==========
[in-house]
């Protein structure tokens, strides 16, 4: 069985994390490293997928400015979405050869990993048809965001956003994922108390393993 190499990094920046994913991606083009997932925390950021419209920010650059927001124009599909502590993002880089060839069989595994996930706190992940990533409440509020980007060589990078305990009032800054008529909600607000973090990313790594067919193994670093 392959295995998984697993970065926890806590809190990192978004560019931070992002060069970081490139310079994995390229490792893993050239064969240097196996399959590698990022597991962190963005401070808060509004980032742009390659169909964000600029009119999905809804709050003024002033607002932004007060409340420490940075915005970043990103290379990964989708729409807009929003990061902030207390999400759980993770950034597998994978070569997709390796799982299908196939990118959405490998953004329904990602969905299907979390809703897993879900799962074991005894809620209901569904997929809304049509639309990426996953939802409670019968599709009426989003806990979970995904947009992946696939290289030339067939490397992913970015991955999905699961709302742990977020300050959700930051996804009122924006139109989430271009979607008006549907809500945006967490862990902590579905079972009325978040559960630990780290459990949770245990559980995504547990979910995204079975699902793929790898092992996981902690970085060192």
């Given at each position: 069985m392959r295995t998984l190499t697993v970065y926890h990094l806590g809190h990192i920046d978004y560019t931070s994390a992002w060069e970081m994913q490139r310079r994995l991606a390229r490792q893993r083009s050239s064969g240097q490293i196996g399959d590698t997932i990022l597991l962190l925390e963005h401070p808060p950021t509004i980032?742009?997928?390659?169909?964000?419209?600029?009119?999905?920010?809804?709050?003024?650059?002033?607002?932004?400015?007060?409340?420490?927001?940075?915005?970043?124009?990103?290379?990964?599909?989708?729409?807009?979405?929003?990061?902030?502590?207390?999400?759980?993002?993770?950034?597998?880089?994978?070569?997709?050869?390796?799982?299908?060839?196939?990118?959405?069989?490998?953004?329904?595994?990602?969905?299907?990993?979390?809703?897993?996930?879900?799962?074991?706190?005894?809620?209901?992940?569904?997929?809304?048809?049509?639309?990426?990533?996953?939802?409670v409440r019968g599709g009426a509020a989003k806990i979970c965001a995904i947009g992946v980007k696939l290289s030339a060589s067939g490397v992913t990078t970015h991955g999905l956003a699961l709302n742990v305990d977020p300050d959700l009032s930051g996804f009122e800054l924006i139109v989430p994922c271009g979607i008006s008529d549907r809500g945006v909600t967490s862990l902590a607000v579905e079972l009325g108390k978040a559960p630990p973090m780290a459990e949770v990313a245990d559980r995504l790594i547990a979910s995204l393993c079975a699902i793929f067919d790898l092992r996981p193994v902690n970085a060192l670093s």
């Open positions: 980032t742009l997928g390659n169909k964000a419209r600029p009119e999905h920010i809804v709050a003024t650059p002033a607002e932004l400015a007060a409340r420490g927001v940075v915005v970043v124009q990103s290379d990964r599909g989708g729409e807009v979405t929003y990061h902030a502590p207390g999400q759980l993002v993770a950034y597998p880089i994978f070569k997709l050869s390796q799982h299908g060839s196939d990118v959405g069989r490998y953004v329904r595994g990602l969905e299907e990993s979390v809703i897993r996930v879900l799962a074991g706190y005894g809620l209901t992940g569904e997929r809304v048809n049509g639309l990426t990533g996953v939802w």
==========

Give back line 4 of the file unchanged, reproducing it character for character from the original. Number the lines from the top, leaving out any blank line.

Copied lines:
């Open positions: 980032t742009l997928g390659n169909k964000a419209r600029p009119e999905h920010i809804v709050a003024t650059p002033a607002e932004l400015a007060a409340r420490g927001v940075v915005v970043v124009q990103s290379d990964r599909g989708g729409e807009v979405t929003y990061h902030a502590p207390g999400q759980l993002v993770a950034y597998p880089i994978f070569k997709l050869s390796q799982h299908g060839s196939d990118v959405g069989r490998y953004v329904r595994g990602l969905e299907e990993s979390v809703i897993r996930v879900l799962a074991g706190y005894g809620l209901t992940g569904e997929r809304v048809n049509g639309l990426t990533g996953v939802w």